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Veterans and Auburn students collaborate on assistive technology

By Neali Vann and Carol Nelson, Office of Communications and Marketing

Six veterans who had left the challenges of active duty military life behind to face new challenges in civilian life recently teamed with students at Auburn University to generate ideas for customized devices that would improve quality of life for themselves and for other veterans with disabilities.

For the sixth consecutive year, industrial design students and rehabilitation students have collaborated to design solutions for the disabled through assistive technology projects. This year, six student teams were each paired with a veteran of the U.S. military who has a disability.

The inspiration to include military veterans in this year's assistive technology project came from Doris Hill, who joined Auburn's Center for Disability Research and Service in 2011 and had retired from a career in the U.S. Army. Hill said as a veteran, she thought the model that was already in place – using a team approach with the assistive technology end user as part of the team – had applications for veterans with disabilities.

The center opened in 2010 and is housed in the College of Education's Department of Special Education, Rehabilitation and Counseling. The Department of Industrial and Graphic Design is in the College of Architecture, Design and Construction.

The partnership between the two departments began with the idea of using assistive technology to improve quality of life for Auburn students with disabilities, later broadened its scope to include the surrounding community and this year expanded even further by asking military veterans to participate.

"Assistive technology is defined as any piece of equipment or device that can improve the quality of life for an individual with a disability and help that person be more independent," said Scott Renner, the center's coordinator for assistive technology.

"Students and veterans worked together to uncover challenges, research each disability and learn what already existed in the marketplace before turning to the job of finding solutions," said Jerrod Windham, an assistant professor of industrial design who directs students in the assistive technology project.

Concepts ranged from simple solutions to complex customizable prosthetics. Some of the devices explored by the teams in this year's project include an assist to move from a wheelchair to a standing position; a prosthetic with a more comfortable socket and greater range of mobility for an active person; a storage compartment to attach to a wheelchair that holds items used on a daily basis and helps the user be more self-sufficient; a portable attachment to aid getting in and out of a tub or shower; a mouth stick to operate electronic devices; and a customized crutch-like device to improve balance.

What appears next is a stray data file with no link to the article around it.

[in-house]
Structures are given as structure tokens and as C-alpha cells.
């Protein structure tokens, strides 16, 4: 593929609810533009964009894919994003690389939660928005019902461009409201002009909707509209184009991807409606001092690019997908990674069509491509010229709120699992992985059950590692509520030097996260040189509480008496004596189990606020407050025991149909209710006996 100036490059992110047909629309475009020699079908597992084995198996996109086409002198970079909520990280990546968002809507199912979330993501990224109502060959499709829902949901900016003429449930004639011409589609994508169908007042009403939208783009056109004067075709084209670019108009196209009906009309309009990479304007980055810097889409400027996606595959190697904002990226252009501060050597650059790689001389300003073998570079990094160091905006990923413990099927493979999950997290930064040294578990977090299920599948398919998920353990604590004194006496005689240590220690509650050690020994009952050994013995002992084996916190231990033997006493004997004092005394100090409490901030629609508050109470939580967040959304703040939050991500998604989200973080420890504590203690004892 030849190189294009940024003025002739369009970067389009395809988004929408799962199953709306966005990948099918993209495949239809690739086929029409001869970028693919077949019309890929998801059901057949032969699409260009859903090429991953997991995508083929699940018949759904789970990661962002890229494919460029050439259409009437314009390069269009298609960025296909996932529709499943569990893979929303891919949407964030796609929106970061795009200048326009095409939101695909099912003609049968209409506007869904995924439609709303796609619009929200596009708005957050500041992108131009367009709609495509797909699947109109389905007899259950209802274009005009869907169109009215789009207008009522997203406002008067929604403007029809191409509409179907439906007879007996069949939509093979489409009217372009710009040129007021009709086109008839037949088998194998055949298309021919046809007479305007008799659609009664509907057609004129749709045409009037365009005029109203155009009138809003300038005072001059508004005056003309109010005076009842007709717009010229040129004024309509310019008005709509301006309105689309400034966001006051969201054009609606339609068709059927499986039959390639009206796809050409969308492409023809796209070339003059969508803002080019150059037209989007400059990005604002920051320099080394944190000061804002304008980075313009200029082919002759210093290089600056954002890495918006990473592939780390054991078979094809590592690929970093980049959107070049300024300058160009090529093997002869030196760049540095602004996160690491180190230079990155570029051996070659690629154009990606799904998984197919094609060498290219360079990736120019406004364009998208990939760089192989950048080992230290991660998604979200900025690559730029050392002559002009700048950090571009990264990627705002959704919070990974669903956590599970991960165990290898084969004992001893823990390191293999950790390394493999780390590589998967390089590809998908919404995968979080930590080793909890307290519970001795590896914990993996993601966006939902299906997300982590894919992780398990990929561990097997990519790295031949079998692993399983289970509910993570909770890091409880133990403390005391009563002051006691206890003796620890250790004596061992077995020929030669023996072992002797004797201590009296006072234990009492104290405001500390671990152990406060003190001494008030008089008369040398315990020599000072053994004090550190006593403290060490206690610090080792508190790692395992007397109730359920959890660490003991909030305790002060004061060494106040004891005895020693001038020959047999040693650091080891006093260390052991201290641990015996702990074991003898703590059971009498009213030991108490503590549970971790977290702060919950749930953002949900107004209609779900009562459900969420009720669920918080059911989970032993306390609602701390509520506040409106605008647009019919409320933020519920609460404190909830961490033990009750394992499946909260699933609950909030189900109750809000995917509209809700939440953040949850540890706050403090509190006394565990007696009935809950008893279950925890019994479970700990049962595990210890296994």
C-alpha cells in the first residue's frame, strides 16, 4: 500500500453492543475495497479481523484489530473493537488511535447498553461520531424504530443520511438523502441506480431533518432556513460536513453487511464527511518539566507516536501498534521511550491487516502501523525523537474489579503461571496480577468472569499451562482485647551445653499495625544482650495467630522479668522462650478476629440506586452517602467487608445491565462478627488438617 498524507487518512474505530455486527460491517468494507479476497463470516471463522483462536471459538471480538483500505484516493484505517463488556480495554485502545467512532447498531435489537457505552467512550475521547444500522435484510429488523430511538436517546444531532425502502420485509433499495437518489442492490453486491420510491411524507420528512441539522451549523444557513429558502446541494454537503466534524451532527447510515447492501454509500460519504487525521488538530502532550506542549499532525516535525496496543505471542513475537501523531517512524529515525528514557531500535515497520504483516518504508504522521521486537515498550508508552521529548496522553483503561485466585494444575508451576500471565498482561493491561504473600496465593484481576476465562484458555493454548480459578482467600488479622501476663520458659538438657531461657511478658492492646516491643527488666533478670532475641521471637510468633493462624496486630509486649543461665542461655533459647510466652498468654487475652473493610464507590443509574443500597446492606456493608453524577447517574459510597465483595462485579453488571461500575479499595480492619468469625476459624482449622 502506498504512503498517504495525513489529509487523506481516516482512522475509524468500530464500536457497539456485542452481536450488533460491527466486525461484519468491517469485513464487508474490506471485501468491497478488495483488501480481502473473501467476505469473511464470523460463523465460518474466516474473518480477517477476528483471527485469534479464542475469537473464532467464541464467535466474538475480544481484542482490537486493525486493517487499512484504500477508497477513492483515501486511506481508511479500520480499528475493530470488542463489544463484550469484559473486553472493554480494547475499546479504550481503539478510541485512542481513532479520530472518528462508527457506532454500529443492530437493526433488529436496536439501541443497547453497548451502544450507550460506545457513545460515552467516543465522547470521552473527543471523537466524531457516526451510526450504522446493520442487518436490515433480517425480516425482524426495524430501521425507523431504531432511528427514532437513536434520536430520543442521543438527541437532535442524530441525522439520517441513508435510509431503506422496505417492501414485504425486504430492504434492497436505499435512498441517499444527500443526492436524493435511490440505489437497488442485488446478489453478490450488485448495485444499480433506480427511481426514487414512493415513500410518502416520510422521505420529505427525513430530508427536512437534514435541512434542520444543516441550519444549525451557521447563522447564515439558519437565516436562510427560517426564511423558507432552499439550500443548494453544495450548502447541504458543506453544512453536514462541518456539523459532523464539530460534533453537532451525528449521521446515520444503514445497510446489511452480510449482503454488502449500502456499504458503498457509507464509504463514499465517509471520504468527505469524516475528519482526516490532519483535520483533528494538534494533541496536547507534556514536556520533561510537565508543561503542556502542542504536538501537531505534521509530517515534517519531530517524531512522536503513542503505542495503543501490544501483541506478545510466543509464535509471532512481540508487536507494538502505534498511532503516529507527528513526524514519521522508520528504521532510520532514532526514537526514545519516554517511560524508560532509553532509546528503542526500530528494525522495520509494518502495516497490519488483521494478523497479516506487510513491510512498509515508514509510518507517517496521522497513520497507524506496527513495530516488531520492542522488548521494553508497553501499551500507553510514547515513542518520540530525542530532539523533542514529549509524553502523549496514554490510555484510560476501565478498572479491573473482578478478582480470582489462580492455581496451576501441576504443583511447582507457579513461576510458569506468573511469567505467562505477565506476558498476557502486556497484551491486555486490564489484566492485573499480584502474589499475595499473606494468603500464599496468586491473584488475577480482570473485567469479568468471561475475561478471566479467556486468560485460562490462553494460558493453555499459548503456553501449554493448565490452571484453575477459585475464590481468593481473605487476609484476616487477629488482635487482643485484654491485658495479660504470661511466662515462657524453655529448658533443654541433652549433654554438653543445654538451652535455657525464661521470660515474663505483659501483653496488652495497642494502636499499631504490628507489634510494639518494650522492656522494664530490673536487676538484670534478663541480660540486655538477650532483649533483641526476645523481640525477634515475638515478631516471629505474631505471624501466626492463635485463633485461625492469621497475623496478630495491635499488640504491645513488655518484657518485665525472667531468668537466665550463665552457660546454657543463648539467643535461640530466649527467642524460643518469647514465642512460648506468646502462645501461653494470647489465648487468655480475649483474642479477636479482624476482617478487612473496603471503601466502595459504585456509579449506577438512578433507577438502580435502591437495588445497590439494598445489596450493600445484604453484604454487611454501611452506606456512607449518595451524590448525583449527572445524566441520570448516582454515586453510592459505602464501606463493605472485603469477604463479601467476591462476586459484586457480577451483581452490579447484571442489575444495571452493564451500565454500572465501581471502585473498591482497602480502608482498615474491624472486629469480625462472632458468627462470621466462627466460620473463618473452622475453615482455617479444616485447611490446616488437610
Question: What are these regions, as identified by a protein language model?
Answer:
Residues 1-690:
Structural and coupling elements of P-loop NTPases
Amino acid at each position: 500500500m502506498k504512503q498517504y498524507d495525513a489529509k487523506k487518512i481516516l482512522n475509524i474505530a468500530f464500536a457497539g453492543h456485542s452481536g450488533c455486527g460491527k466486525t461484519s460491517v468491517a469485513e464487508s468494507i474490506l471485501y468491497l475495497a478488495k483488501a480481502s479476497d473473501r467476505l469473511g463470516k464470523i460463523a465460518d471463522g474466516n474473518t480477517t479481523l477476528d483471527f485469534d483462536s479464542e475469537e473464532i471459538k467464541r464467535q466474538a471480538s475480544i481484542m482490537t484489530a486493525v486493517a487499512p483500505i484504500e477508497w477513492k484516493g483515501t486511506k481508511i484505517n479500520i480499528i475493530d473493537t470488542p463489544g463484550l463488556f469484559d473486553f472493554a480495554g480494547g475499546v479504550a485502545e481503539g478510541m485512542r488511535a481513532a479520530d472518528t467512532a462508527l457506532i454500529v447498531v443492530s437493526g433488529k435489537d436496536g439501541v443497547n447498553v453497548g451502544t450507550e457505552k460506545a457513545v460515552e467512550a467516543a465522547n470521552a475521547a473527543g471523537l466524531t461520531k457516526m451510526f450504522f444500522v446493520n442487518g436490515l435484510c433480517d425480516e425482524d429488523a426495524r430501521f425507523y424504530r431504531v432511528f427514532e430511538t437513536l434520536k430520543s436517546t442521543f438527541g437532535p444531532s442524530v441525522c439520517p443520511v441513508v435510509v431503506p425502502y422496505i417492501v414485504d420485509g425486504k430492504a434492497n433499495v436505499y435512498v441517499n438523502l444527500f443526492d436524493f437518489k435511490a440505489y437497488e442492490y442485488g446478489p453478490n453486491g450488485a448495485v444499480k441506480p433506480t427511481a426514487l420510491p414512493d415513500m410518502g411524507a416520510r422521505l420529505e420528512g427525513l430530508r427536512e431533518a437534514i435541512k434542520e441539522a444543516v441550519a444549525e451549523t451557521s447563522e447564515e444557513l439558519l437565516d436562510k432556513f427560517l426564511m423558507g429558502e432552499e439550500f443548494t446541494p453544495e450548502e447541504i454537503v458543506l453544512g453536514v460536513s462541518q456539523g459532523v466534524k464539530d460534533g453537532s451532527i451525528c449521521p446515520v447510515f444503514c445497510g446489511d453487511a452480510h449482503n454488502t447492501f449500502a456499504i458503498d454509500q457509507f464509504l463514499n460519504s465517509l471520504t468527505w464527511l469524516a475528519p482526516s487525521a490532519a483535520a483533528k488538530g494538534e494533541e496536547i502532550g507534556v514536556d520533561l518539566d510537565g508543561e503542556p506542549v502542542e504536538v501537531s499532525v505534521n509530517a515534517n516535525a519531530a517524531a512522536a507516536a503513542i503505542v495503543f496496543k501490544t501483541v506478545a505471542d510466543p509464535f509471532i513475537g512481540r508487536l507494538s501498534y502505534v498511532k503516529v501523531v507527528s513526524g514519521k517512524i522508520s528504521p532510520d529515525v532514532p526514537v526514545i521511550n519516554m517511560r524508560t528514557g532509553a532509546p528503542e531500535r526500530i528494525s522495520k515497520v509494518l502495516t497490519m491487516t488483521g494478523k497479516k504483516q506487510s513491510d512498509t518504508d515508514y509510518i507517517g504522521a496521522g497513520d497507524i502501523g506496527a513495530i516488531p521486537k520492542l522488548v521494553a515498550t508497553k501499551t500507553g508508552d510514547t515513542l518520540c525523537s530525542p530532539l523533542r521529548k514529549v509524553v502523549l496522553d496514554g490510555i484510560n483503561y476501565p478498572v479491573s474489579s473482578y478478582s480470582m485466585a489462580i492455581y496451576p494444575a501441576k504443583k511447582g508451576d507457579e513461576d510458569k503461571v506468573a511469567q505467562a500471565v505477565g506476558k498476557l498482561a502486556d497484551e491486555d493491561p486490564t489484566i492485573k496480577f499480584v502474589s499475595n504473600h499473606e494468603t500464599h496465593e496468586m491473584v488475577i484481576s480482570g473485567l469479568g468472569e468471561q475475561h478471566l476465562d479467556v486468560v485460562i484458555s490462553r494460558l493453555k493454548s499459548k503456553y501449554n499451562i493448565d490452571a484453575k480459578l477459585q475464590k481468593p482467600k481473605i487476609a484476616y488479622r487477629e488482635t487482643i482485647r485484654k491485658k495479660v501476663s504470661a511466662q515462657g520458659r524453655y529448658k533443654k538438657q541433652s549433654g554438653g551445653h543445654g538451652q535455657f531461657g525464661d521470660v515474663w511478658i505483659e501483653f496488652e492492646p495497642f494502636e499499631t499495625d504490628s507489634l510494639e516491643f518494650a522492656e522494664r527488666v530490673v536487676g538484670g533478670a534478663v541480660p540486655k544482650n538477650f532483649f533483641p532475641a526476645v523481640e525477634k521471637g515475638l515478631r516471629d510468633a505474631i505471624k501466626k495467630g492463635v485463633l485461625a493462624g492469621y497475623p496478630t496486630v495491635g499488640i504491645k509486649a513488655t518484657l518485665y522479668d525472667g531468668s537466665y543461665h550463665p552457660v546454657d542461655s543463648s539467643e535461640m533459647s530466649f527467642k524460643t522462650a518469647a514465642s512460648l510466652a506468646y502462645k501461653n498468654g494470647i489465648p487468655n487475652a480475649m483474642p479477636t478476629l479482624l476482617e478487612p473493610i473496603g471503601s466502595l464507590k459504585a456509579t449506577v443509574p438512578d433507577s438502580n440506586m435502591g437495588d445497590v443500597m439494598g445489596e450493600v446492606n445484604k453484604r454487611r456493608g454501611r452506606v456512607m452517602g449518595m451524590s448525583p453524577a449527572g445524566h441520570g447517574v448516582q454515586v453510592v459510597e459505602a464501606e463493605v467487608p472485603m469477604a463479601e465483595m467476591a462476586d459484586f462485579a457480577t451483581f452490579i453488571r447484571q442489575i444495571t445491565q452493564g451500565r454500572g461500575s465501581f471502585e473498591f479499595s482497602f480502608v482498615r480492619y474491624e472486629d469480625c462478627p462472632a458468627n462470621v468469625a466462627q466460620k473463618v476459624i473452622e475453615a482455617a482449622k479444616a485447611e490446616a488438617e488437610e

"With funding through the Auburn University Intramural Grant Program, some of the solutions are beyond the concept phase and are in further development," Windham said. "Over the six-year life of this collaborative project, there are a number of inventions that have directly helped the project volunteers. We also hope, through public and private economic partnerships, these inventions will help others with and without disabilities in the future."

The veterans who participated in this year's project had a range of military service – from two to more than 21 years – and a variety of disabilities.

The Wounded Warrior Program coordinator at Ft. Rucker asked Army veteran Andrew Weissenberger if he'd be interested in participating in the project at Auburn.

"Before he could even finish getting the question out of his mouth, I was committed to it," Weissenberger said. "Because anything that would help the boys coming back from Iraq and Afghanistan – I was all for it."

Weissenberger is in a wheelchair and has leg and spinal injuries and traumatic brain injury.

Marshall "Mac" Nelson is a Vietnam veteran who heard about the program from the director of prosthetics at the Central Alabama Veterans Health Care System. Nelson lost a leg below the knee when he stepped on a land mine. He said he'd been so mobile for so long he wasn't sure there was anything the team could come up with that would be of help, but as they discussed ideas, he saw the benefits for himself but more importantly, for other veterans.

"Like other vets, I think about all of us," he said.

Last Updated: Jun 25, 2013

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